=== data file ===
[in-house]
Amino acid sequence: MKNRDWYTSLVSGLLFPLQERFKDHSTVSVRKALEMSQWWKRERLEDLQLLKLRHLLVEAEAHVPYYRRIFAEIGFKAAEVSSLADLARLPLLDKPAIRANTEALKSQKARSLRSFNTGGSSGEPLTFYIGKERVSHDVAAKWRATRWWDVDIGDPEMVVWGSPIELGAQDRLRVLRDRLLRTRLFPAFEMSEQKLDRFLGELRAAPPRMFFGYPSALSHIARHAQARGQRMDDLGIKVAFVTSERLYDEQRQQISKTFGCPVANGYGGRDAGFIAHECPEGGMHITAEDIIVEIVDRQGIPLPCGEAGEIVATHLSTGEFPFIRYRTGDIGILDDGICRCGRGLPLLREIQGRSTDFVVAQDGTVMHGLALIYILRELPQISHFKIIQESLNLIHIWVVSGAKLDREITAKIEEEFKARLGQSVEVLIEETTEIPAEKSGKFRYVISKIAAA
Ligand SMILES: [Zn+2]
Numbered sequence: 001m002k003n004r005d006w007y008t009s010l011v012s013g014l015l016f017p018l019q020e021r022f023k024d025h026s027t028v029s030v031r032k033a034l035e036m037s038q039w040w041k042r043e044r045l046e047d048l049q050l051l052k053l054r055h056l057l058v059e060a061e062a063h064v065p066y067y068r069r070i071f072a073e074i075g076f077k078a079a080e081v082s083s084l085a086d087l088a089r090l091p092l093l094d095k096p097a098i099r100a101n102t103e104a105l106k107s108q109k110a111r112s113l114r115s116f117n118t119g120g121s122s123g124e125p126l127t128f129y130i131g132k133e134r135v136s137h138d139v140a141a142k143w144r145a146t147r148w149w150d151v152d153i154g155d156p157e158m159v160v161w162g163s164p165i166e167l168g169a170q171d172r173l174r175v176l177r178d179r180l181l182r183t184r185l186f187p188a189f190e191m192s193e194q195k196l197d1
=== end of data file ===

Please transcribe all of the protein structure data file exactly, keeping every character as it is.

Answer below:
[in-house]
Amino acid sequence: MKNRDWYTSLVSGLLFPLQERFKDHSTVSVRKALEMSQWWKRERLEDLQLLKLRHLLVEAEAHVPYYRRIFAEIGFKAAEVSSLADLARLPLLDKPAIRANTEALKSQKARSLRSFNTGGSSGEPLTFYIGKERVSHDVAAKWRATRWWDVDIGDPEMVVWGSPIELGAQDRLRVLRDRLLRTRLFPAFEMSEQKLDRFLGELRAAPPRMFFGYPSALSHIARHAQARGQRMDDLGIKVAFVTSERLYDEQRQQISKTFGCPVANGYGGRDAGFIAHECPEGGMHITAEDIIVEIVDRQGIPLPCGEAGEIVATHLSTGEFPFIRYRTGDIGILDDGICRCGRGLPLLREIQGRSTDFVVAQDGTVMHGLALIYILRELPQISHFKIIQESLNLIHIWVVSGAKLDREITAKIEEEFKARLGQSVEVLIEETTEIPAEKSGKFRYVISKIAAA
Ligand SMILES: [Zn+2]
Numbered sequence: 001m002k003n004r005d006w007y008t009s010l011v012s013g014l015l016f017p018l019q020e021r022f023k024d025h026s027t028v029s030v031r032k033a034l035e036m037s038q039w040w041k042r043e044r045l046e047d048l049q050l051l052k053l054r055h056l057l058v059e060a061e062a063h064v065p066y067y068r069r070i071f072a073e074i075g076f077k078a079a080e081v082s083s084l085a086d087l088a089r090l091p092l093l094d095k096p097a098i099r100a101n102t103e104a105l106k107s108q109k110a111r112s113l114r115s116f117n118t119g120g121s122s123g124e125p126l127t128f129y130i131g132k133e134r135v136s137h138d139v140a141a142k143w144r145a146t147r148w149w150d151v152d153i154g155d156p157e158m159v160v161w162g163s164p165i166e167l168g169a170q171d172r173l174r175v176l177r178d179r180l181l182r183t184r185l186f187p188a189f190e191m192s193e194q195k196l197d1